DC Collectibles Superman By Moebius Statue
Based on the artwork of Moebius. Sculpted by Chris Dahlberg. Legendary artist Moebius brings his unique artistic style to the Man of Steel line with this newest entry in the line of statues based on the artwork from Superman #400. Limited edition of 5,200. Measures approximately 8.25" tall.
DC Collectibles Bombshells Supergirl Statue
Are you a fan of Kara Zor-El? Supergirl looks like a pinup girl from the 1940s and 1950s! Statue is sculpted by artist Tim Miller. She sure looks happy! Sculpted by artist Tim Miller, the DC Comics Bombshells Supergirl Statue stands a little over 10 1/2-inches tall, with a look inspired by the pinup girls of the 1940s and 1950s. If you're a Supergirl reader or fan of the Kara Zor-El, you must add this amazing cold-cast porcelain statue to your collection! Ages 15 and up.
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Cover date: November 2004
Writer: Joe Kelly
Penciller: Doug Mahnke
Inker: Tom Nguyen
"Candle in a Hurricane"
Reviewed by: Neal Bailey
Inukchuck arrives and attacks him.
In the command center of the JLE, Green Arrow passes double entendres back and forth with Dawn while commanding the mission with Al-Shiekh.
Vera does battle with a giant werewolf, trading banter.
Katsumi takes the terrorist leader, revealing herself to the other person interested in the terrorist's apprehension (I'm sorry, folks, that's as clear as I can make it. (Neal)). The other person attacks her.
Green Arrow realizes that they have to go out of communication, and fears letting the team go without being watched over, because they might kill. Al Shiekh tells him no casualties.
The dreadlocked former Elite member (sorry, again, the text is vague about his name, this is the best I can do) pulses in order to shut down communications, and Vera is hit with the blast and knocked out.
Katsumi, meanwhile, begins to brawl with her assailant.
A bomber tries to use his bombs, but Flash stops him.
Meanwhile, Inukchuck continues battle with his assailant.
Major disaster helps clear the scene outside. Bhat orders an attack.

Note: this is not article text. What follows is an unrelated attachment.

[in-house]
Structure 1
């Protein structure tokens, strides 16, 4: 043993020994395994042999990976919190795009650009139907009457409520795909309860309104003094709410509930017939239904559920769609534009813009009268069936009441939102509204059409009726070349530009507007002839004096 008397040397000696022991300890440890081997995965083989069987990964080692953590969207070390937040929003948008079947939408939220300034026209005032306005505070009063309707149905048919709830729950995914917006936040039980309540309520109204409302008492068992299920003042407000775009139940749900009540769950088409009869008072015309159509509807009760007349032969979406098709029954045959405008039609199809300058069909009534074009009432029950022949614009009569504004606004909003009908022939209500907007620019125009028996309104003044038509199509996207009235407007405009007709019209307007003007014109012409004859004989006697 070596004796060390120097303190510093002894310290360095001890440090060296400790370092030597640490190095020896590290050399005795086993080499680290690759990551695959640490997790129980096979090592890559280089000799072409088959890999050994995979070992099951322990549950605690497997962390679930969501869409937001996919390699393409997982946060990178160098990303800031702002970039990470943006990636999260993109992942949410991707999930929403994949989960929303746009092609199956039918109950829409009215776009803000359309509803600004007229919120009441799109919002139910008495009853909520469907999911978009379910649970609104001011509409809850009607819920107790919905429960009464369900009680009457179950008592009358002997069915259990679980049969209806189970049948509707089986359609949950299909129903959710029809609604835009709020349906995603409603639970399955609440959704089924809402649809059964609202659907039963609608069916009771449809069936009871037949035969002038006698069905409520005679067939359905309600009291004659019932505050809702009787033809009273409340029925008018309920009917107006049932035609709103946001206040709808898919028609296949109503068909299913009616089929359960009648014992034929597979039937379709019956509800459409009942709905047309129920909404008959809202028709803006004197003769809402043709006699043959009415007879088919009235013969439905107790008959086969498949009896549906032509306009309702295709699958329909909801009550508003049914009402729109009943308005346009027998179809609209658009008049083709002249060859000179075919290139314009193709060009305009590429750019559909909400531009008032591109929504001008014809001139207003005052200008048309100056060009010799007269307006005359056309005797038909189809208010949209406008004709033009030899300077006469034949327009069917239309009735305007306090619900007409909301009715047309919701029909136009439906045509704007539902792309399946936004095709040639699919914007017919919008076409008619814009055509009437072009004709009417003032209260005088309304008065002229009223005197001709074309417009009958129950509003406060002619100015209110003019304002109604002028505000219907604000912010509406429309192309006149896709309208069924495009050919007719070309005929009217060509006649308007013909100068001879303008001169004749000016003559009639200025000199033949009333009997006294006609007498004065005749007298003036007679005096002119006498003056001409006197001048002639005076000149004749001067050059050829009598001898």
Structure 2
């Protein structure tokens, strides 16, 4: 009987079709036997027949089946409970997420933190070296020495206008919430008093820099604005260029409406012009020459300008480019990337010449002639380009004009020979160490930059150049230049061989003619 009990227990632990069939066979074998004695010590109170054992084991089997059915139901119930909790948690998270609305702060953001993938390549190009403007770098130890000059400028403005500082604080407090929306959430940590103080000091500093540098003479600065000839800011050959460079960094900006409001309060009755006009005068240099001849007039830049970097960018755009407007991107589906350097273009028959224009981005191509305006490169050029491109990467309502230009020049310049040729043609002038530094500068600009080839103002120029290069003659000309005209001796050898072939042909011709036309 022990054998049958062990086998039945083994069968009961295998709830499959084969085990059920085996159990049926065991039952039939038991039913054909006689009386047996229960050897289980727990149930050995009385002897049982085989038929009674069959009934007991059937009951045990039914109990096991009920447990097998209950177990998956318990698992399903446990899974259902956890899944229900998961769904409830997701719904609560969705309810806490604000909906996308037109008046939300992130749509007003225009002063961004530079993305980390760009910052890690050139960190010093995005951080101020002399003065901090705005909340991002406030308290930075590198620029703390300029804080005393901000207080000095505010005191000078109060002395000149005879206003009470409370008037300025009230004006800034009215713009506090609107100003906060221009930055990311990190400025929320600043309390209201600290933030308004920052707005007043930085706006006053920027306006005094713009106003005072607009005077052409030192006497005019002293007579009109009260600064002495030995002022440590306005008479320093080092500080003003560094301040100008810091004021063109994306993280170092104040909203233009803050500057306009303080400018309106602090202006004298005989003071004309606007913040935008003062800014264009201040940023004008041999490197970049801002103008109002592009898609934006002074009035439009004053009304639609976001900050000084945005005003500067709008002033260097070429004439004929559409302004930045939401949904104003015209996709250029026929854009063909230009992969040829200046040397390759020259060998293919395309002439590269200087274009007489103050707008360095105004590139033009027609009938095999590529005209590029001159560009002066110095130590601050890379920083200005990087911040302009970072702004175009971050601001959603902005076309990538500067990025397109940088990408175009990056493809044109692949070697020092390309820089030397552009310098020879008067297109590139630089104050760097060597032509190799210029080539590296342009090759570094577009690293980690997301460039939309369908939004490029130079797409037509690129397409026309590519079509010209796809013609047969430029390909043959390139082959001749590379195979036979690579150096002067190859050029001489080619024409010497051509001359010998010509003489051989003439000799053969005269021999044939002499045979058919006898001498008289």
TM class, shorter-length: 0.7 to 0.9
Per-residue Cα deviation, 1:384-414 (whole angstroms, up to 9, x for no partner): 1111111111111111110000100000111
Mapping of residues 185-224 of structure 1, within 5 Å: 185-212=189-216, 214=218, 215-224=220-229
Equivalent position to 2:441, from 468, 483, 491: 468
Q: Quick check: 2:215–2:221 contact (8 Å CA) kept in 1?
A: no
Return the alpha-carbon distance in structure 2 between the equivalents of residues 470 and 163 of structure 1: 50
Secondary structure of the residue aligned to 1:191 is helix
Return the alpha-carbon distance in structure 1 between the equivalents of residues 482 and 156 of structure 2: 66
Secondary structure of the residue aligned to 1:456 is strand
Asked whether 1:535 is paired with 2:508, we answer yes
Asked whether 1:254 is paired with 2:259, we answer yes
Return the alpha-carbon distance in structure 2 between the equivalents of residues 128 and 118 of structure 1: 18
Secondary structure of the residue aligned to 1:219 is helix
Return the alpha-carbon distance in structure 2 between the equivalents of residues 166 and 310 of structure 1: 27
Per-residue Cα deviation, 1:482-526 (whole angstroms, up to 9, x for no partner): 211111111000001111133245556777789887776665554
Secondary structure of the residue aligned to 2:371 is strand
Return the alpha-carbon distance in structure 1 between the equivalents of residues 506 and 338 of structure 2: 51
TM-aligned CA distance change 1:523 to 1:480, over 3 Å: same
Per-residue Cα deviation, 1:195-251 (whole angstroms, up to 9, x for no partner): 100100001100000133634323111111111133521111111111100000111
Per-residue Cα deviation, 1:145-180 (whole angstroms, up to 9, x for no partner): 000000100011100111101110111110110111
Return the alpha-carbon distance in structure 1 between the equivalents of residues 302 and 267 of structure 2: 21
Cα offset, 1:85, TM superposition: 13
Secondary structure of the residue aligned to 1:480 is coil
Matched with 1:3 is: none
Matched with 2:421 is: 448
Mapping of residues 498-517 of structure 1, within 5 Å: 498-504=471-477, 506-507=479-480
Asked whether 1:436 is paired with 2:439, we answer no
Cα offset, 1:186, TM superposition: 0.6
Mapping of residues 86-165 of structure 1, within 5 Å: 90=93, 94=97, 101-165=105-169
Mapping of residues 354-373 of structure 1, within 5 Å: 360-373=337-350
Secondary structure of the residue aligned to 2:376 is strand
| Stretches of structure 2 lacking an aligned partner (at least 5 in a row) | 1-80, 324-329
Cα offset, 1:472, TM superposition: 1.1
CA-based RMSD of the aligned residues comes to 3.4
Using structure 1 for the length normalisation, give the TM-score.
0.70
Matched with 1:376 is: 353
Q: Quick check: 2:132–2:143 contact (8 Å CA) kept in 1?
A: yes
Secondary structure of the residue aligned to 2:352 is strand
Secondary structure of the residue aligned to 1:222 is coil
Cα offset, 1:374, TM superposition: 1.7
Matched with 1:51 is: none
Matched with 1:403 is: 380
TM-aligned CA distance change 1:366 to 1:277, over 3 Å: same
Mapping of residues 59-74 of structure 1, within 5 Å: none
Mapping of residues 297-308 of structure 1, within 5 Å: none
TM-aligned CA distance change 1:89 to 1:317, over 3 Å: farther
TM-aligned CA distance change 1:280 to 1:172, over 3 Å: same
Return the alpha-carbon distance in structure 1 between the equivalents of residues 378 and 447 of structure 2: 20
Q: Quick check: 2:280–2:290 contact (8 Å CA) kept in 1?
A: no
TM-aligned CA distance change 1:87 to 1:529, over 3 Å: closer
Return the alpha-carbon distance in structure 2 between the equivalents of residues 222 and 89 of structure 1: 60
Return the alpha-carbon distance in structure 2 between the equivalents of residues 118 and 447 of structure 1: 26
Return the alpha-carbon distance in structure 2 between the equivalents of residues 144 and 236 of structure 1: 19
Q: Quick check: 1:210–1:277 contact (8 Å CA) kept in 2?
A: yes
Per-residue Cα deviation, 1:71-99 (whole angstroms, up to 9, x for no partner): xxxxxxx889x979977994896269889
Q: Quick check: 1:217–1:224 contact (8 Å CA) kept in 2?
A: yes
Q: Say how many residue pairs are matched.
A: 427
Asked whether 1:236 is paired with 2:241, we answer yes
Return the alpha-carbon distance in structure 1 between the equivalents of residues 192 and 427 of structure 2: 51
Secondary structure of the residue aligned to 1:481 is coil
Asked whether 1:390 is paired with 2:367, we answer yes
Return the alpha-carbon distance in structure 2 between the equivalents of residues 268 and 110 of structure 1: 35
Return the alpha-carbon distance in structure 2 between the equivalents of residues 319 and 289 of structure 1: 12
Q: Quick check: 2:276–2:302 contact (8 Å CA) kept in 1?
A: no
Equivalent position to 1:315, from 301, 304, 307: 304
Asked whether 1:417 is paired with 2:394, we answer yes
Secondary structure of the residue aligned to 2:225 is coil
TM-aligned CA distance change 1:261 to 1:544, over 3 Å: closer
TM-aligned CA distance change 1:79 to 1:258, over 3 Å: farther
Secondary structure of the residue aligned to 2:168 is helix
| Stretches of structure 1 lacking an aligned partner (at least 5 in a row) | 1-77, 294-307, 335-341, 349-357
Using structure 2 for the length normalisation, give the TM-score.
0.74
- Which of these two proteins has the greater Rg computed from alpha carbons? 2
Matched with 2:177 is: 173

Arrow and Dawn banter. Al-Shiekh looks up Wolfwood in the computer over a cigarette.
Troops move in on Vera and launch gas, threatening nearby children. Vera moves to save them, charging back up.
Katsumi's assailant attacks the winged woman, and her acid blood burns the man's hand to stubs. She smashes him out.
The situation under control, the Elite meet President Bhat, who tries to give succor to the terrorist. Flash takes him away.
Bhat pokes fun at the fact that he won't be put out of commission, so Vera kicks him in the crotch and they leave.
Vera starts to leave, and passes out, saying, "Purple".
In the throne room, Vera awakens and realizes that an explosion has killed Bhat and his second-in-command.
Story - 1: I bought the first two issues with the hope that things would turn around in this series and become something interesting. I'm telling you now, unless I have to review it, this is the last of this series I am buying.
To put it bluntly, this story is convoluted, gratuitously violent (and not in the good way, in the violence for violence's sake way), preachy. I could go on for quite a while.
Note in my summary that I don't even know the names of half of these people. I'm sure you can blame me and say I should have researched, but how many of you guys research when you're gonna read a comic? These characters are not only boring, they're anti-thetical to the Superhero culture. Not in a Punisher kind of way, but in a "these guys are one step away from enjoying killing" kind of way.
I guess that's cool to some people.
Not for me.
I rejected whole-heartedly the idea that the JLA would even allow such an organization to exist. They wouldn't. Superman wouldn't, at very least. There was the whole issue that he was outvoted, but it doesn't matter. Superman would stop this if he knew it was going on. "Fake" killing people? Usurping regimes?
I see a disturbing trend in comics to insert the hero culture into the modern war, as they did in WW2, where comics became little more than racist propaganda pieces. I'm not saying I disagree with the comic's premise of eliminating terrorism through extreme means, just that it's overdone, and it's getting harder to do fairly.
It's less the story. It's an intriguing idea, I guess, if done right.
It's the fact that the story is being done in such a convoluted, incomprehensible way, such that even though I'm paying attention, I don't know the character names, what they're doing, who they are. I had to read a PREVIEWS to figure out that Vera was dressing up as Deathstroke, the prose and accompanying art was so clunky.
I don't know. I could go on with a lot of little barbs on this comic for its clunkiness and it's inability to be read, but I think I've spent enough time on it as it is.
Art - 2: It's pretty dark, often vague, and it's not really synched amazingly well with the prose. Usually if a writer is confusing, the penciller makes things a little more clear, but not in this case. I usually like Mahnke outside of Superman proper, but here, it's just dark, evil, rank subject matter that doesn't make me feel a sense of wonder but rather a disdain for the heroes.
Cover Art - 3: It's okay.
There's no background to speak of, but I don't know if there needs to be.
The colors are vivid, though a bit bland in places, like Vera, but it's a very dynamic pose and an interesting cover, at least.
Check out the Comic Index Lists for the complete list of Superman-related comics published in 2004.